Brian J Graber LLC can maximize damages for Illinois employees on disability retaliation claims by filing disability retaliation claims under the Illinois Human Rights Act. You can maximize damages on disability retaliation claims in Illinois to avoid the result of the Kramer v. Banc of Am. Sec., LLC, 355 F.3d 961 (7th Cir. 2004).
The Illinois Human Rights Act (IHRA) and the Americans with Disabilities Act (ADA) make it an unlawful employment practice for employers to retaliate against employees for opposing disability discrimination. Disability retaliation occurs when an employer retaliates against an employee who reports workplace disability discrimination. Retaliation occurs when an employer retaliates against an employee for providing information during an investigation regarding workplace disability discrimination. Disability retaliation occurs when an employee suffers retaliation for filing a Charge of Discrimination with the Equal Employment Opportunities Commission or the Illinois Department of Human Rights. In Illinois, a problem arises on the best way to maximize damages for an employee with a successful disability retaliation claim.
ADA Does Not Allow Employees a Right to Jury Trials and Recovery of Compensatory and Punitive Damages.
The 7th Circuit Court of Appeals holds that an employee claiming retaliation in violation of the ADA cannot seek compensatory and punitive damages. See Kramer v. Banc of Am. Sec., LLC, 355 F.3d 961, 965-966 (7th Cir.2004). Compensatory damages are monetary compensation for the mental and emotional suffering caused by the employer’s retaliation. Punitive damages punish and deter future retaliation. Employees claiming disability retaliation under the ADA cannot seek a jury trial. See Kramer, 355 F.3d at 966. A successful employee on an ADA disability retaliation claim can seek recovery of backpay damages (lost wages) and equitable remedies in the form of reinstatement or front pay. In Illinois, there is a way to minimize the results of the Kramer decision.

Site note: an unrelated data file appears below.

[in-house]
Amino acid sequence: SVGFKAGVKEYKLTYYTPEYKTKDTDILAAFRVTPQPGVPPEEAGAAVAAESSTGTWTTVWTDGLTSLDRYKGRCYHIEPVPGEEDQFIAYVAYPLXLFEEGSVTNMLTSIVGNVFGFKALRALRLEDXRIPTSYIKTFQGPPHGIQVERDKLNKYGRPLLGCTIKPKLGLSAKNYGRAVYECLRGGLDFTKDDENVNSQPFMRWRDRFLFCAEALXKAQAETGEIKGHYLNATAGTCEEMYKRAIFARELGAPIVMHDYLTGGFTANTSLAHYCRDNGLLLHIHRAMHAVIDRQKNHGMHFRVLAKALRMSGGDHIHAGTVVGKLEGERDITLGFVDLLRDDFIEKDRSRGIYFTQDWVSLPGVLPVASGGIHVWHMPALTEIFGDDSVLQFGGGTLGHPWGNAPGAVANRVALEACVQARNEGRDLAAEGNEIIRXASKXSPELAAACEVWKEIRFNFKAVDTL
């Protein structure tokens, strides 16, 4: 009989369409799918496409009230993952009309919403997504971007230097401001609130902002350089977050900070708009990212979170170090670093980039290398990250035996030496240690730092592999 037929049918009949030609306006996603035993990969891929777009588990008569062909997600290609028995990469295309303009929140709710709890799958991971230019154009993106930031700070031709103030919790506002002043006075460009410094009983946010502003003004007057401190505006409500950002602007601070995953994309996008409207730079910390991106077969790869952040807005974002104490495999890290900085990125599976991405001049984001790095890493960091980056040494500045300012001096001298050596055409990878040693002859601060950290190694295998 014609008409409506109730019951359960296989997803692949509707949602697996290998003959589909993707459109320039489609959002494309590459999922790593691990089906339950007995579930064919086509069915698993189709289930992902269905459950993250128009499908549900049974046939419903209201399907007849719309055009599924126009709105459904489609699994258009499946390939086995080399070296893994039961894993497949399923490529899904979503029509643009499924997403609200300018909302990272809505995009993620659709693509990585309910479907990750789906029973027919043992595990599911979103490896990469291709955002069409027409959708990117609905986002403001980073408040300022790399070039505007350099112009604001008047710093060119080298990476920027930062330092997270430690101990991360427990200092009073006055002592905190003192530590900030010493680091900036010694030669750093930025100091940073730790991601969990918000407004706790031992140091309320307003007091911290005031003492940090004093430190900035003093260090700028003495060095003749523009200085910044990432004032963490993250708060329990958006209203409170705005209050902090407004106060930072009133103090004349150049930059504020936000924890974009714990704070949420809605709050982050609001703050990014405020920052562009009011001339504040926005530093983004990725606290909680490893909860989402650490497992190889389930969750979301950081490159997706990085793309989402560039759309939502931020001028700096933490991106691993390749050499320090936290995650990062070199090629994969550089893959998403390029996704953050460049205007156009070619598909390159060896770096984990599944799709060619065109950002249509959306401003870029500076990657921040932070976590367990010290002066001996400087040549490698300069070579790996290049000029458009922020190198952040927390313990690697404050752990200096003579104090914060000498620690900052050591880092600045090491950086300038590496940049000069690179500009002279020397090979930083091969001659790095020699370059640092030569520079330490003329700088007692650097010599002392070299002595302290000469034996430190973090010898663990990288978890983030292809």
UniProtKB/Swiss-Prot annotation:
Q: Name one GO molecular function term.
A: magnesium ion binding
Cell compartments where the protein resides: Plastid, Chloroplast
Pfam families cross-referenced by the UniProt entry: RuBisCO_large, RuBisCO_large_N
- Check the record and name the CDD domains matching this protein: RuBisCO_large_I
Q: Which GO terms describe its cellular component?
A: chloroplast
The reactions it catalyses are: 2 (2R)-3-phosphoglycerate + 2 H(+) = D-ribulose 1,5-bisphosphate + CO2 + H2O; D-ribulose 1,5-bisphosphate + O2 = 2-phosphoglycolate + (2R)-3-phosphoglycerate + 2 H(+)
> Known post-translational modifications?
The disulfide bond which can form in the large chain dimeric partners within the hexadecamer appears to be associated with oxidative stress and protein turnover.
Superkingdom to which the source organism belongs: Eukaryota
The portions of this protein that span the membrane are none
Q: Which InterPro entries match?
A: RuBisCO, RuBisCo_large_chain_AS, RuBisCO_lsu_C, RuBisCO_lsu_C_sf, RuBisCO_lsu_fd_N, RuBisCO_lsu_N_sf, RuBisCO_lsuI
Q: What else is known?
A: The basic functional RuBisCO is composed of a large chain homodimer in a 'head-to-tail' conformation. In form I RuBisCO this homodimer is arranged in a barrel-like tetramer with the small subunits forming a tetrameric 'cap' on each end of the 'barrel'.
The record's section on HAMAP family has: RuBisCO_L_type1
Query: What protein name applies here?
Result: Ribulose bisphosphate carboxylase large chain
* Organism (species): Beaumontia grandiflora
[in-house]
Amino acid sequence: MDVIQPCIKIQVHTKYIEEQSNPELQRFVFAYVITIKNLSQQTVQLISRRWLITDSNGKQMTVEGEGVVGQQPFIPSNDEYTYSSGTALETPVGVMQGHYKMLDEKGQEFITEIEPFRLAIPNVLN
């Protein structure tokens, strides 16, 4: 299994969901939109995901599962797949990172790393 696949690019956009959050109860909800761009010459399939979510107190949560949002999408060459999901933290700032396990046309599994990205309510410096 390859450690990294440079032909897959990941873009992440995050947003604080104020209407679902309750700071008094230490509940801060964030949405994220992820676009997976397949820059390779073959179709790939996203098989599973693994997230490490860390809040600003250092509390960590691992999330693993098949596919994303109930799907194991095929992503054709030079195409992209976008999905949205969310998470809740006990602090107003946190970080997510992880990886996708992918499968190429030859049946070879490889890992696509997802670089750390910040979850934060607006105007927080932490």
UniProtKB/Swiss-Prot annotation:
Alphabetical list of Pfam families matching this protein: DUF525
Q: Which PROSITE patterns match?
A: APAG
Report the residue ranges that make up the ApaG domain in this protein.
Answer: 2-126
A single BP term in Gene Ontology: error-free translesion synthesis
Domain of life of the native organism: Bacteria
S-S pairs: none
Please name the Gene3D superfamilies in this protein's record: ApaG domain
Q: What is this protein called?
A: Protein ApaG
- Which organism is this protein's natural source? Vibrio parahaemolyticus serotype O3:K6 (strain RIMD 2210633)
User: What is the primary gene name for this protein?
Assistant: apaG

The IHRA Allows Jury Trials and Compensatory Damages on Disability Retaliation Claims.
You can maximize damages on a disability retaliation claim. Bringing disability retaliation claims under the IHRA, 775 ILCS 5/6-101 avoids some of the results of limited recovery allowed under the ADA. Under 775 ILCS 5/8-111(A)(3) an employee can seek a jury trial on an IHRA claim for disability retaliation. 775 ILCS 5/8-111(A)(4) allows a jury to award the remedies allowed under 775 ILCS 5/8A-104. The IHRA, 775 ILCS 5/8A-104(B) allows for actual damages for injury or loss suffered by an employee. Actual damages include compensation for emotional harm and mental suffering. See ISS Int’l Serv. Sys. v. Human Rights Comm’n, 272 Ill.App.3d 969, 979 (1st Dist. 1995). Under the IHRA, an employee on a disability retaliation claim can seek a jury trial and may seek compensatory damages. Damages on a disability retaliation claim can be maximized by bringing disability retaliation claims under the IHRA.
Damages can be maximized after the Kramer decision by dual filing claims for disability retaliation under the ADA and the IHRA to allow recovery of compensatory damages and a jury trial on the IHRA claims. The IHRA, 775 ILCS 5/7A-102(A)(1) requires an employee to file a Charge of Discrimination with the Illinois Department of Human Rights (IDHR) within 300 days after the date of the civil rights violation was committed. Information on the IDHR’s Charge Process can be found at https://www2.illinois.gov/dhr/FilingaCharge/Pages/Intake.aspx
Michigan employees have broad protection from disability discrimination. Click here to learn more about Michigan disability discrimination protections.
Brian J Graber LLC prepares and dual files Charges with the IDHR and EEOC for clients who have retained our services. If you have any questions about disability discrimination and retaliation, contact Brian J Graber LLC, at the Illinois office: (312) 291-4648 or the Indiana office: (574) 395-5189 or in Michigan at (269) 236-6054 or by email for a free consultation.